What to do about an eviction notice regarding a dog attack?

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What to do about an eviction notice regarding a dog attack?

I live in an apartment and was walking my son’s beagle and dauschund on a lease when another tenant’s dog attacked my beagle. My son contacted the leasing office and they told him that would be no problem and that they would work with him. Now I found a notice in my door that says that they are filing a law suit against us for forcible detainer 5-day notice. What can we do?

Asked on April 6, 2012 under Real Estate Law, Arizona


SJZ, Member, New York Bar / FreeAdvice Contributing Attorney

Answered 11 years ago | Contributor

You should be able to defend against their attempt to evict you. A tenant may generally only be evicted for the following reasons:

1) Nonpayment of rent;

2) Violation of the lease, after notice to quit and a chance to cure (or correct) the problem;

3) Violating other tenants' right to "peaceful enjoyment" of the premises (harassing them, disturbing the peace, etc.), again, after notice and a chance to stop doing the behavior;

4) Threatening, assulting, or stealing from the landlord;

5) Grossly negligently (recklessly, or with no consideration for the consequences) or intentionally damaging the landlord's premises;

6) For criminal activity, if the lease provides such.

A dog attack would be either 2) or 3) above (it would be #2 only if the lease addressed pets, animal attacks, etc. in some way, and the attack or your possession of the dogs violated the lease terms); however, both of those grounds to evict, even if  your dog instigated the attack or even if you violated the lease in some way, require that you first be provided notice of the issue and a chance to correct it before eviction; you could only be evicted if, after notice, you failed to correct the problem and it re-occured. From what you write, it appears that the landlord cannot simply initiate a lawsuit, whether eviction or forcible detainer, to make you leave.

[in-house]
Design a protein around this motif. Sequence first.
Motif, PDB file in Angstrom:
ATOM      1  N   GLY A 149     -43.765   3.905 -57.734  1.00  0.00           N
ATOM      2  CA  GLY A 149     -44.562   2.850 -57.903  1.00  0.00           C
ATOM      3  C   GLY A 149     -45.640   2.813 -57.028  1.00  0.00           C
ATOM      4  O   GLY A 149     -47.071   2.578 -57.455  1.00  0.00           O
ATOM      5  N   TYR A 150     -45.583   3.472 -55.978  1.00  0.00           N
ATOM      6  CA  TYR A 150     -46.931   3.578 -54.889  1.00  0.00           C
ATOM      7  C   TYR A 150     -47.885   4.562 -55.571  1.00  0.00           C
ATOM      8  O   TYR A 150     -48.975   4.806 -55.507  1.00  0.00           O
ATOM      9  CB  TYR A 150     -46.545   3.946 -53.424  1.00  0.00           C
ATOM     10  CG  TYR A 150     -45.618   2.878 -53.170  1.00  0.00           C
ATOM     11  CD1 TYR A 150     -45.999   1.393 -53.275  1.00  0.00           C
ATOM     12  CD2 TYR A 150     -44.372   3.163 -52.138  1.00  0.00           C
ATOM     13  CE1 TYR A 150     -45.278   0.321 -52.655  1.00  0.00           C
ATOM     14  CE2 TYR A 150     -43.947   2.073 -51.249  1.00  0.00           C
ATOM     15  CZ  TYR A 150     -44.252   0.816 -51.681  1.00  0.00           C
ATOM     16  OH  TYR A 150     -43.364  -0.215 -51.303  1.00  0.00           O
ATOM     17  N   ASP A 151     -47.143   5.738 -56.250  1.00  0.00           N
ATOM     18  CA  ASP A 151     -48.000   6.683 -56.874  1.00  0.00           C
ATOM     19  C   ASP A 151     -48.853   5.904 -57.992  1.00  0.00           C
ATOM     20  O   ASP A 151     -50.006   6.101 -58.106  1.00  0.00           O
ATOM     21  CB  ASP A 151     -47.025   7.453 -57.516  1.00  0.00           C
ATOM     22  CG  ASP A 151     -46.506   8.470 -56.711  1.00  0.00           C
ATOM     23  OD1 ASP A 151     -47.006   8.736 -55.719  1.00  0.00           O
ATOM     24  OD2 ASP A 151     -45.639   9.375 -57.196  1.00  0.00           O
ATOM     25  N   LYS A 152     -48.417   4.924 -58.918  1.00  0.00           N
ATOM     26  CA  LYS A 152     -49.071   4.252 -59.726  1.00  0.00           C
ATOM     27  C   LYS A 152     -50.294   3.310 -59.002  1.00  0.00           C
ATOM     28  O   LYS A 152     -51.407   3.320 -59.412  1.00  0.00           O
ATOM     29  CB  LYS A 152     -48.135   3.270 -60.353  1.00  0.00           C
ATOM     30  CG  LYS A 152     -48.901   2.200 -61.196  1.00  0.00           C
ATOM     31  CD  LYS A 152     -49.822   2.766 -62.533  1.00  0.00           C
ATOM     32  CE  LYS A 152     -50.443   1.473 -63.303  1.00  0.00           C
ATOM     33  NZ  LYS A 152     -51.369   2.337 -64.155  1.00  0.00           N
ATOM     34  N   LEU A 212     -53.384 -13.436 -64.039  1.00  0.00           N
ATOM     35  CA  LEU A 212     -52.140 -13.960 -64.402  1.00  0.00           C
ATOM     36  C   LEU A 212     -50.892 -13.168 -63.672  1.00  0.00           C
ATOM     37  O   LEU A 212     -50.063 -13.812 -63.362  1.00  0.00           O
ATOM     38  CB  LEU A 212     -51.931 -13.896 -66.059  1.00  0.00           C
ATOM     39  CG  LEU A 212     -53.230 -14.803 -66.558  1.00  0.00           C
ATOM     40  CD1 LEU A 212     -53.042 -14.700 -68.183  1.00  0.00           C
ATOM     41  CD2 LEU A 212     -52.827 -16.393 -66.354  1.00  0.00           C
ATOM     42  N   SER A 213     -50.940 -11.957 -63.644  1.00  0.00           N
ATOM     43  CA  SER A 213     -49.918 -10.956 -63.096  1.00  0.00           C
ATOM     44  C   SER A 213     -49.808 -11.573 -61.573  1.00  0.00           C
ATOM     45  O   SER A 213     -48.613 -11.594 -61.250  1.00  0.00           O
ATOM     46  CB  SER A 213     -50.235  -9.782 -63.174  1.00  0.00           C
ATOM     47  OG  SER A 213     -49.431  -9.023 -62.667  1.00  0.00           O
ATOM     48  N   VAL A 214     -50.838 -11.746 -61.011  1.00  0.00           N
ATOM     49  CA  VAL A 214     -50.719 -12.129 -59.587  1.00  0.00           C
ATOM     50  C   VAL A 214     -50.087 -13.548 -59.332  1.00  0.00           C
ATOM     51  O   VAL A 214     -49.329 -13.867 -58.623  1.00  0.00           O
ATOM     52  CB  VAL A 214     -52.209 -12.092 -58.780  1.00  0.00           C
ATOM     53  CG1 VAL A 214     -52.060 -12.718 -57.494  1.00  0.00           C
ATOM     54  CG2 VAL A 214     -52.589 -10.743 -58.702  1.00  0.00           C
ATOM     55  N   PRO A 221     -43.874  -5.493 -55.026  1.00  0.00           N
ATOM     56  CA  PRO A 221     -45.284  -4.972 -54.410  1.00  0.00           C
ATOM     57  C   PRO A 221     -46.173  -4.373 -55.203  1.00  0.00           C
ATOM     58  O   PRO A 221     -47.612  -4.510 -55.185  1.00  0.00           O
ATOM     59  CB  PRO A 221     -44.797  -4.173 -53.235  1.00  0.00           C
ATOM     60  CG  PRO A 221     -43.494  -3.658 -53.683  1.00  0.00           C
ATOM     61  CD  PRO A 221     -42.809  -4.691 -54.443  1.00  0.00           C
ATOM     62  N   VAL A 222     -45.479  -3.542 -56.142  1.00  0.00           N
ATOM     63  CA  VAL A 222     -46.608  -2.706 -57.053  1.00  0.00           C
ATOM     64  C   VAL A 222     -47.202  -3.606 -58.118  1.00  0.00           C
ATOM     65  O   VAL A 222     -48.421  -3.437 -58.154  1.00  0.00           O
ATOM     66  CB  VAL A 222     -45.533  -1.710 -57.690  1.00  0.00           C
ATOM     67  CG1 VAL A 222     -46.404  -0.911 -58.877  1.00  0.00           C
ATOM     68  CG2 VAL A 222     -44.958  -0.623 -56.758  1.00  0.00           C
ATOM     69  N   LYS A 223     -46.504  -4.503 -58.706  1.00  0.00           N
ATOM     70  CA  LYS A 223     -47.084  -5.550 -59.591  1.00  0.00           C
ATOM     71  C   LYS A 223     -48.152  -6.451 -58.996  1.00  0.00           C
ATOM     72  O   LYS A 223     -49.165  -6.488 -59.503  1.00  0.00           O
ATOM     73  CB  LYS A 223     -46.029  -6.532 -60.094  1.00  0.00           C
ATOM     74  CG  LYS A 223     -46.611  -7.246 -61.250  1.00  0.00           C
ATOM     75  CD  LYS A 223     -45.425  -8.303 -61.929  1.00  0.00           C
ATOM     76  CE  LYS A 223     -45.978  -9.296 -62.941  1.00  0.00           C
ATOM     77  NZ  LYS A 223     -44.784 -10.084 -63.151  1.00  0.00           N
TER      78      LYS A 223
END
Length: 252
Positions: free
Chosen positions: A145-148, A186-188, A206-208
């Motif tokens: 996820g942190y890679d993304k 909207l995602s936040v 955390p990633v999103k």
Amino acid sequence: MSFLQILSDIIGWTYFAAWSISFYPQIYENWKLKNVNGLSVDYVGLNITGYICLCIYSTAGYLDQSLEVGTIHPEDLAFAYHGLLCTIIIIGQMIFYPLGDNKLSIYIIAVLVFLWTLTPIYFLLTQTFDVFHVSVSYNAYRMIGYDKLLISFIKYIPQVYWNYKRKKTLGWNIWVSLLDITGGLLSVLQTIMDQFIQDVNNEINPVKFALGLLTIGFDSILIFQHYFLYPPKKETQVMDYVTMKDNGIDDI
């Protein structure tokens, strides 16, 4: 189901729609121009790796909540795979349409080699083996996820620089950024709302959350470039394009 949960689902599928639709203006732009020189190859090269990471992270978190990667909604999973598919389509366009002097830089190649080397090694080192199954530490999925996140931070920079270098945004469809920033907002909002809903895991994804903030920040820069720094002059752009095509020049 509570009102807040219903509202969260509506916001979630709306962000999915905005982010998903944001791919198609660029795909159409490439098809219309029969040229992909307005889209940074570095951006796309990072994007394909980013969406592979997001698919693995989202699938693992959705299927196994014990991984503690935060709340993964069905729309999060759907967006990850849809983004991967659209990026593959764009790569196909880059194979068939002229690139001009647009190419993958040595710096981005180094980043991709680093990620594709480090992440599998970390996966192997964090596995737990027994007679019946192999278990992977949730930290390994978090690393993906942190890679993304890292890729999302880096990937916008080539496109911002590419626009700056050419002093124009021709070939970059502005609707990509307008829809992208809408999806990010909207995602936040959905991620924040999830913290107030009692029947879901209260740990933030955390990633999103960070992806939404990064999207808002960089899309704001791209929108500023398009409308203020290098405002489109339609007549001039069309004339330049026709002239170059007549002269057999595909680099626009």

If possible, get an attorney to help you--the lawyer will know the legal process. If you can't afford an attorney, try Legal Services--they provide free legal assistance to those who cannnot afford a lawyer. If you can't get an attorney, make sure you show up to court and you should be able to defend yourself.

IMPORTANT NOTICE: The Answer(s) provided above are for general information only. The attorney providing the answer was not serving as the attorney for the person submitting the question or in any attorney-client relationship with such person. Laws may vary from state to state, and sometimes change. Tiny variations in the facts, or a fact not set forth in a question, often can change a legal outcome or an attorney's conclusion. Although AttorneyPages.com has verified the attorney was admitted to practice law in at least one jurisdiction, he or she may not be authorized to practice law in the jurisdiction referred to in the question, nor is he or she necessarily experienced in the area of the law involved. Unlike the information in the Answer(s) above, upon which you should NOT rely, for personal advice you can rely upon we suggest you retain an attorney to represent you.

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